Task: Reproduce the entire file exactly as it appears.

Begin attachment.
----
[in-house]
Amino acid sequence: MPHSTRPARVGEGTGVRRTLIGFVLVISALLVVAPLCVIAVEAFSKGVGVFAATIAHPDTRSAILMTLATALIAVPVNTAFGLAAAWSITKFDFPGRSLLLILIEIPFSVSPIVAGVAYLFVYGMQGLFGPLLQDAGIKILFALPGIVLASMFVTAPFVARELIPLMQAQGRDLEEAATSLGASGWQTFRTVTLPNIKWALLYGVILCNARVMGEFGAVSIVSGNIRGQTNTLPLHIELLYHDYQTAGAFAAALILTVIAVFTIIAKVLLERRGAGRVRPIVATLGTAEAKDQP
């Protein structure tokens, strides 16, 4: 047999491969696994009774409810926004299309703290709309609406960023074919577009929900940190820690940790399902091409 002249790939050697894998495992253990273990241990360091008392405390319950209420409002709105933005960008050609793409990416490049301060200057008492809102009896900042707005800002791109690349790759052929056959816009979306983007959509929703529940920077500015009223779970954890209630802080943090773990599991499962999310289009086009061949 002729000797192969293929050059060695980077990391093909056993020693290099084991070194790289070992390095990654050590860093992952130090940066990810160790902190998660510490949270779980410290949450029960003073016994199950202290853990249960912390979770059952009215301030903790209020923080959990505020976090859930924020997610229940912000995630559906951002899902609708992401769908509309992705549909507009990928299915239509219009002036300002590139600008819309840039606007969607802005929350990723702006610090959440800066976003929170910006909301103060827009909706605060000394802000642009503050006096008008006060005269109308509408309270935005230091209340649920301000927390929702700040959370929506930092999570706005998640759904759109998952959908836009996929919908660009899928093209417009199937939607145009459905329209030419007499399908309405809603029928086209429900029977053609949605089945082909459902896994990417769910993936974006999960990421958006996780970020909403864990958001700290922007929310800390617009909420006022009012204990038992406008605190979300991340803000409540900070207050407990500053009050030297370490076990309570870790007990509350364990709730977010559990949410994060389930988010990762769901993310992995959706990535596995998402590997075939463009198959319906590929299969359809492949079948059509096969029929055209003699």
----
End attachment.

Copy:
[in-house]
Amino acid sequence: MPHSTRPARVGEGTGVRRTLIGFVLVISALLVVAPLCVIAVEAFSKGVGVFAATIAHPDTRSAILMTLATALIAVPVNTAFGLAAAWSITKFDFPGRSLLLILIEIPFSVSPIVAGVAYLFVYGMQGLFGPLLQDAGIKILFALPGIVLASMFVTAPFVARELIPLMQAQGRDLEEAATSLGASGWQTFRTVTLPNIKWALLYGVILCNARVMGEFGAVSIVSGNIRGQTNTLPLHIELLYHDYQTAGAFAAALILTVIAVFTIIAKVLLERRGAGRVRPIVATLGTAEAKDQP
């Protein structure tokens, strides 16, 4: 047999491969696994009774409810926004299309703290709309609406960023074919577009929900940190820690940790399902091409 002249790939050697894998495992253990273990241990360091008392405390319950209420409002709105933005960008050609793409990416490049301060200057008492809102009896900042707005800002791109690349790759052929056959816009979306983007959509929703529940920077500015009223779970954890209630802080943090773990599991499962999310289009086009061949 002729000797192969293929050059060695980077990391093909056993020693290099084991070194790289070992390095990654050590860093992952130090940066990810160790902190998660510490949270779980410290949450029960003073016994199950202290853990249960912390979770059952009215301030903790209020923080959990505020976090859930924020997610229940912000995630559906951002899902609708992401769908509309992705549909507009990928299915239509219009002036300002590139600008819309840039606007969607802005929350990723702006610090959440800066976003929170910006909301103060827009909706605060000394802000642009503050006096008008006060005269109308509408309270935005230091209340649920301000927390929702700040959370929506930092999570706005998640759904759109998952959908836009996929919908660009899928093209417009199937939607145009459905329209030419007499399908309405809603029928086209429900029977053609949605089945082909459902896994990417769910993936974006999960990421958006996780970020909403864990958001700290922007929310800390617009909420006022009012204990038992406008605190979300991340803000409540900070207050407990500053009050030297370490076990309570870790007990509350364990709730977010559990949410994060389930988010990762769901993310992995959706990535596995998402590997075939463009198959319906590929299969359809492949079948059509096969029929055209003699």